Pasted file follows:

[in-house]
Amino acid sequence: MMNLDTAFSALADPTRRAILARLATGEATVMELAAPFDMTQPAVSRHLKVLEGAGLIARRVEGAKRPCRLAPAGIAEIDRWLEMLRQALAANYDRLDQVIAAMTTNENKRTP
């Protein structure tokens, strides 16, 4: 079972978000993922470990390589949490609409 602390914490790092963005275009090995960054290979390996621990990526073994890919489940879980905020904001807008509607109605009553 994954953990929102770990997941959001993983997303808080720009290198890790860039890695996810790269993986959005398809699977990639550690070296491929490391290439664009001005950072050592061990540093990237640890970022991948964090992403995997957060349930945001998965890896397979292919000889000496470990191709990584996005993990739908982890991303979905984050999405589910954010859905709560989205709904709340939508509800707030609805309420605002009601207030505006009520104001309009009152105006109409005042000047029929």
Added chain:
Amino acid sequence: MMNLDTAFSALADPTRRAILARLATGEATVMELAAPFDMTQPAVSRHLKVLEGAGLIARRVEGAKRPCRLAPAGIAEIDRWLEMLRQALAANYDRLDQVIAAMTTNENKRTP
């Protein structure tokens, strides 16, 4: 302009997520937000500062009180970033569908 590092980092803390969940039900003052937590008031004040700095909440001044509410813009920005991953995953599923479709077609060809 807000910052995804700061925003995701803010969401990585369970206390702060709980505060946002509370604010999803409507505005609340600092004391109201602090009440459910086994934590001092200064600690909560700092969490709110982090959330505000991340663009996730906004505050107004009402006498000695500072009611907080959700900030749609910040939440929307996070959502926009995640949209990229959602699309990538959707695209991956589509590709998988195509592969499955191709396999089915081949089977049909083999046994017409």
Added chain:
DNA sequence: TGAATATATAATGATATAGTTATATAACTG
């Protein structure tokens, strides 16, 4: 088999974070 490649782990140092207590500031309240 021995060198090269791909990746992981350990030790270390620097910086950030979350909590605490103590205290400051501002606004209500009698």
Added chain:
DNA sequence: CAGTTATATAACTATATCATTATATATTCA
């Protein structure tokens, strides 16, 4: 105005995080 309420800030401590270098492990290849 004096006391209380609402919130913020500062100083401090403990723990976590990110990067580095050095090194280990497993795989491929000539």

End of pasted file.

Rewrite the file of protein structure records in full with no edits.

[in-house]
Amino acid sequence: MMNLDTAFSALADPTRRAILARLATGEATVMELAAPFDMTQPAVSRHLKVLEGAGLIARRVEGAKRPCRLAPAGIAEIDRWLEMLRQALAANYDRLDQVIAAMTTNENKRTP
């Protein structure tokens, strides 16, 4: 079972978000993922470990390589949490609409 602390914490790092963005275009090995960054290979390996621990990526073994890919489940879980905020904001807008509607109605009553 994954953990929102770990997941959001993983997303808080720009290198890790860039890695996810790269993986959005398809699977990639550690070296491929490391290439664009001005950072050592061990540093990237640890970022991948964090992403995997957060349930945001998965890896397979292919000889000496470990191709990584996005993990739908982890991303979905984050999405589910954010859905709560989205709904709340939508509800707030609805309420605002009601207030505006009520104001309009009152105006109409005042000047029929």
Added chain:
Amino acid sequence: MMNLDTAFSALADPTRRAILARLATGEATVMELAAPFDMTQPAVSRHLKVLEGAGLIARRVEGAKRPCRLAPAGIAEIDRWLEMLRQALAANYDRLDQVIAAMTTNENKRTP
């Protein structure tokens, strides 16, 4: 302009997520937000500062009180970033569908 590092980092803390969940039900003052937590008031004040700095909440001044509410813009920005991953995953599923479709077609060809 807000910052995804700061925003995701803010969401990585369970206390702060709980505060946002509370604010999803409507505005609340600092004391109201602090009440459910086994934590001092200064600690909560700092969490709110982090959330505000991340663009996730906004505050107004009402006498000695500072009611907080959700900030749609910040939440929307996070959502926009995640949209990229959602699309990538959707695209991956589509590709998988195509592969499955191709396999089915081949089977049909083999046994017409």
Added chain:
DNA sequence: TGAATATATAATGATATAGTTATATAACTG
């Protein structure tokens, strides 16, 4: 088999974070 490649782990140092207590500031309240 021995060198090269791909990746992981350990030790270390620097910086950030979350909590605490103590205290400051501002606004209500009698």
Added chain:
DNA sequence: CAGTTATATAACTATATCATTATATATTCA
């Protein structure tokens, strides 16, 4: 105005995080 309420800030401590270098492990290849 004096006391209380609402919130913020500062100083401090403990723990976590990110990067580095050095090194280990497993795989491929000539």